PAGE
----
Unfortunately, it wasn’t until Kathy passed out while twisting her necklace in her history class later in the week that I got that teacher’s attention and gained the support of our whole team to refer Kathy for professional therapeutic support and to pay closer attention to her. Once a week she could meet with the school psychologist, who would also meet with her and her parents the next day.

With Kathy’s mood change, knowing the school protocols for students who were struggling emotionally and psychologically was helpful but insufficient. We didn’t have a protocol for what seemed like a very depressed child. In fact, we had unspoken guidance not to get involved in our students’ personal lives.

We’ve all been in variations of a scenario in which we find ourselves with a sudden, unanticipated problem. We have no choice but to put aside our day’s plans, to react rapidly to a crisis, and to solve the problem to the best of our ability. If we are parents, we may face this situation more frequently than we might be prepared to do. And we’ve had to wing it. Each of our urgent problem-solving experiences is different in the specifics, but each is—in some ways—a familiar story, one in which we are the protagonist faced with the unanticipated problem. I’ve certainly been that surprised protagonist in my various careers and at home.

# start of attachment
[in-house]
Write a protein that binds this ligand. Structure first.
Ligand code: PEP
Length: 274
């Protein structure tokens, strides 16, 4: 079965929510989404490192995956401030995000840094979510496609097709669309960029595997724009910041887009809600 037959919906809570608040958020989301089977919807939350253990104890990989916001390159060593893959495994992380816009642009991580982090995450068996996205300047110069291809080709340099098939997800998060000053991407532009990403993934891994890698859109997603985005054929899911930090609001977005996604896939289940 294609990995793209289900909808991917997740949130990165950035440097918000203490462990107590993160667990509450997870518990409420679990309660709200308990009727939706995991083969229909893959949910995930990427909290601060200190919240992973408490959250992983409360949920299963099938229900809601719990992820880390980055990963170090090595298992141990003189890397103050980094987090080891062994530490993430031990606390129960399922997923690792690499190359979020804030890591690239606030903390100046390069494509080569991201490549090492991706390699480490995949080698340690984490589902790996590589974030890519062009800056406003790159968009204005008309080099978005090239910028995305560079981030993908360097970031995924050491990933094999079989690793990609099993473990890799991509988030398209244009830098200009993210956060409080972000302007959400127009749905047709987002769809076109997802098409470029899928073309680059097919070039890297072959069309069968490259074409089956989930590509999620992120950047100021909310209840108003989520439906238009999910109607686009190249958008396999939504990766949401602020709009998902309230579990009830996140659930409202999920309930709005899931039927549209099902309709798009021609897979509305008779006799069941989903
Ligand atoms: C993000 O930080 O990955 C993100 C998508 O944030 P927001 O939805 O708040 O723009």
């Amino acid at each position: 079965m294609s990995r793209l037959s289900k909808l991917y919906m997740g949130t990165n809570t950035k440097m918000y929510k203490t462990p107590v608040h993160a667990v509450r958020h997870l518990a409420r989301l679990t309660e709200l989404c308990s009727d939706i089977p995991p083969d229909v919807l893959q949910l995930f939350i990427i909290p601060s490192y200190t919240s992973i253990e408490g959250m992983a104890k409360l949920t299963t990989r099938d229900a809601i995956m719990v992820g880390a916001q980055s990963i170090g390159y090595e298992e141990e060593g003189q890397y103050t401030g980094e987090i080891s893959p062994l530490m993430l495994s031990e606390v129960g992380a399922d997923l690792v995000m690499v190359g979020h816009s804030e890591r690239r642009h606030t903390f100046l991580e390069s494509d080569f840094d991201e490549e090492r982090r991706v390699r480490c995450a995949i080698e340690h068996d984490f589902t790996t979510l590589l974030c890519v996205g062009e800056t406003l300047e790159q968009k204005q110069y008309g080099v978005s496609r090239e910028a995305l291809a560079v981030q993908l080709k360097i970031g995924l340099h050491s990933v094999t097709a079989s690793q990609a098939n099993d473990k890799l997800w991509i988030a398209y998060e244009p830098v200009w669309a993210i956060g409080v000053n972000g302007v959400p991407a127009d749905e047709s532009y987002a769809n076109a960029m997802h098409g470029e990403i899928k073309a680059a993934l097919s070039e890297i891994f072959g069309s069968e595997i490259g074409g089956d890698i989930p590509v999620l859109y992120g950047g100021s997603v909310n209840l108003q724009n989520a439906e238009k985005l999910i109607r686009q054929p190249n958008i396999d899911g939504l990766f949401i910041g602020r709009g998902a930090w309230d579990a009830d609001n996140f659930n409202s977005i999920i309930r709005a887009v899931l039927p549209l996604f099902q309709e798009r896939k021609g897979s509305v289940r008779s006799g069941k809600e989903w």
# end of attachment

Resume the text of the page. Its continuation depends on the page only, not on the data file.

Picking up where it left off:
Far away in distance and time from those years of teaching adolescents, I find many situations that exist beyond those school walls that beg for agility and interdisciplinary thinking. Intentions are good to have; flexibility in responding to what appears on the horizon (or at my metaphorical door) is essential. My life’s dilemmas almost always have interdependent dimensions, most of which I have not experienced in the same way before. (Needing to learn the same thing more than once is, if nothing else, embarrassing.) Whether the challenge is with a family member, a friend, a logistical home catastrophe, or an inner conflict, coming up with a solution that addresses only one factor means that my solution will almost certainly fail.

Instead, I feel fortunate to be able to draw on the understanding I have, knowledge I’ve developed over the decades and sharpened in business, academic, and personal contexts: thinking critically in real time, identifying the dimensions of a challenge, creating an inner dialogue for better understanding, applying facts and logic, finding similarities to problems I’ve seen successfully solved in the past, and recalling problems where my solutions have failed. Yet there is so much I don’t know. Sometimes all of these processes must happen simultaneously and in a practical amount of time: as soon as possible.

This is how we wing it. This is not the jump-out-the-window-and-close-our-eyes approach. That’s not winging it. That’s flapping one wing and hoping that gravitational realities will be temporarily suspended. When we’re winging it, we’re living in the real world, bringing along what knowledge and skills we have—even when they seem inadequate to the task—and doing the best we’re capable of doing.